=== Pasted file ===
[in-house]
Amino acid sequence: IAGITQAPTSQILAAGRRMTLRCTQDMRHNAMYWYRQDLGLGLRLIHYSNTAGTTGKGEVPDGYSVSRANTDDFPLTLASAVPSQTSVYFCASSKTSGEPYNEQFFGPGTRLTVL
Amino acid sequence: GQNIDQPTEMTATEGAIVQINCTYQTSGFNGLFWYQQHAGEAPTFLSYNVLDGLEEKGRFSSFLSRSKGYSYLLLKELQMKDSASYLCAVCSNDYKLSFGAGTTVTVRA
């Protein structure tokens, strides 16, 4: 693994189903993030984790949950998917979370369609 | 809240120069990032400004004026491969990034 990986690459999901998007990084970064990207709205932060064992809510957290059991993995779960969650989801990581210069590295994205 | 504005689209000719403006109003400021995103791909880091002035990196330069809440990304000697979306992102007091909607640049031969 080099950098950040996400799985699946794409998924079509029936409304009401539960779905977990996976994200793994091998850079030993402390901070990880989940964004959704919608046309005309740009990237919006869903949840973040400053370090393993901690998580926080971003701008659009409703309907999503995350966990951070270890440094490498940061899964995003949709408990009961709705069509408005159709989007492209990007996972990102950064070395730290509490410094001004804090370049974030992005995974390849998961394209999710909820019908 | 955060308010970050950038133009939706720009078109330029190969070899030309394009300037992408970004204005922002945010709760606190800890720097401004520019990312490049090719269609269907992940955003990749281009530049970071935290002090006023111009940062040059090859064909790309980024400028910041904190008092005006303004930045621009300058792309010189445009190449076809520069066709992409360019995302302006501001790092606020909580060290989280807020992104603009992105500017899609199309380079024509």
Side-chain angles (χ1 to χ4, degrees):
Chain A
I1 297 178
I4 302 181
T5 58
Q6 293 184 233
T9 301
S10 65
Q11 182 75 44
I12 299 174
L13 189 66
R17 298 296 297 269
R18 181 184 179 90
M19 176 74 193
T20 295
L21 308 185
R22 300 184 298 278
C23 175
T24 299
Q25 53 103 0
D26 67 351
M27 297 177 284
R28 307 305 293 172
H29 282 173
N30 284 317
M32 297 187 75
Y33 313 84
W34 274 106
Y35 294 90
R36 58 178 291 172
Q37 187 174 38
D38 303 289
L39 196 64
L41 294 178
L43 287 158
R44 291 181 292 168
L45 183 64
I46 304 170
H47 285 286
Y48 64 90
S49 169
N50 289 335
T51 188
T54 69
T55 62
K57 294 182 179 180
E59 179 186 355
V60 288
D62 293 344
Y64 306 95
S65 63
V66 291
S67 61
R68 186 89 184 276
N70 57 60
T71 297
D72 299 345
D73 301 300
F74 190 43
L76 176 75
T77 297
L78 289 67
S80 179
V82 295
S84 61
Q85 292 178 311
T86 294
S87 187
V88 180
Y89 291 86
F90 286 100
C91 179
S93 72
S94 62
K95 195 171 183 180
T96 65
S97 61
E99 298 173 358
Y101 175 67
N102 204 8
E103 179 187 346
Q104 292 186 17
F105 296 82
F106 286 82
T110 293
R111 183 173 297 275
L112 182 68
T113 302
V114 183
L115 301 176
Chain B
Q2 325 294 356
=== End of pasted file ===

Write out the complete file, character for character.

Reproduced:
[in-house]
Amino acid sequence: IAGITQAPTSQILAAGRRMTLRCTQDMRHNAMYWYRQDLGLGLRLIHYSNTAGTTGKGEVPDGYSVSRANTDDFPLTLASAVPSQTSVYFCASSKTSGEPYNEQFFGPGTRLTVL
Amino acid sequence: GQNIDQPTEMTATEGAIVQINCTYQTSGFNGLFWYQQHAGEAPTFLSYNVLDGLEEKGRFSSFLSRSKGYSYLLLKELQMKDSASYLCAVCSNDYKLSFGAGTTVTVRA
């Protein structure tokens, strides 16, 4: 693994189903993030984790949950998917979370369609 | 809240120069990032400004004026491969990034 990986690459999901998007990084970064990207709205932060064992809510957290059991993995779960969650989801990581210069590295994205 | 504005689209000719403006109003400021995103791909880091002035990196330069809440990304000697979306992102007091909607640049031969 080099950098950040996400799985699946794409998924079509029936409304009401539960779905977990996976994200793994091998850079030993402390901070990880989940964004959704919608046309005309740009990237919006869903949840973040400053370090393993901690998580926080971003701008659009409703309907999503995350966990951070270890440094490498940061899964995003949709408990009961709705069509408005159709989007492209990007996972990102950064070395730290509490410094001004804090370049974030992005995974390849998961394209999710909820019908 | 955060308010970050950038133009939706720009078109330029190969070899030309394009300037992408970004204005922002945010709760606190800890720097401004520019990312490049090719269609269907992940955003990749281009530049970071935290002090006023111009940062040059090859064909790309980024400028910041904190008092005006303004930045621009300058792309010189445009190449076809520069066709992409360019995302302006501001790092606020909580060290989280807020992104603009992105500017899609199309380079024509």
Side-chain angles (χ1 to χ4, degrees):
Chain A
I1 297 178
I4 302 181
T5 58
Q6 293 184 233
T9 301
S10 65
Q11 182 75 44
I12 299 174
L13 189 66
R17 298 296 297 269
R18 181 184 179 90
M19 176 74 193
T20 295
L21 308 185
R22 300 184 298 278
C23 175
T24 299
Q25 53 103 0
D26 67 351
M27 297 177 284
R28 307 305 293 172
H29 282 173
N30 284 317
M32 297 187 75
Y33 313 84
W34 274 106
Y35 294 90
R36 58 178 291 172
Q37 187 174 38
D38 303 289
L39 196 64
L41 294 178
L43 287 158
R44 291 181 292 168
L45 183 64
I46 304 170
H47 285 286
Y48 64 90
S49 169
N50 289 335
T51 188
T54 69
T55 62
K57 294 182 179 180
E59 179 186 355
V60 288
D62 293 344
Y64 306 95
S65 63
V66 291
S67 61
R68 186 89 184 276
N70 57 60
T71 297
D72 299 345
D73 301 300
F74 190 43
L76 176 75
T77 297
L78 289 67
S80 179
V82 295
S84 61
Q85 292 178 311
T86 294
S87 187
V88 180
Y89 291 86
F90 286 100
C91 179
S93 72
S94 62
K95 195 171 183 180
T96 65
S97 61
E99 298 173 358
Y101 175 67
N102 204 8
E103 179 187 346
Q104 292 186 17
F105 296 82
F106 286 82
T110 293
R111 183 173 297 275
L112 182 68
T113 302
V114 183
L115 301 176
Chain B
Q2 325 294 356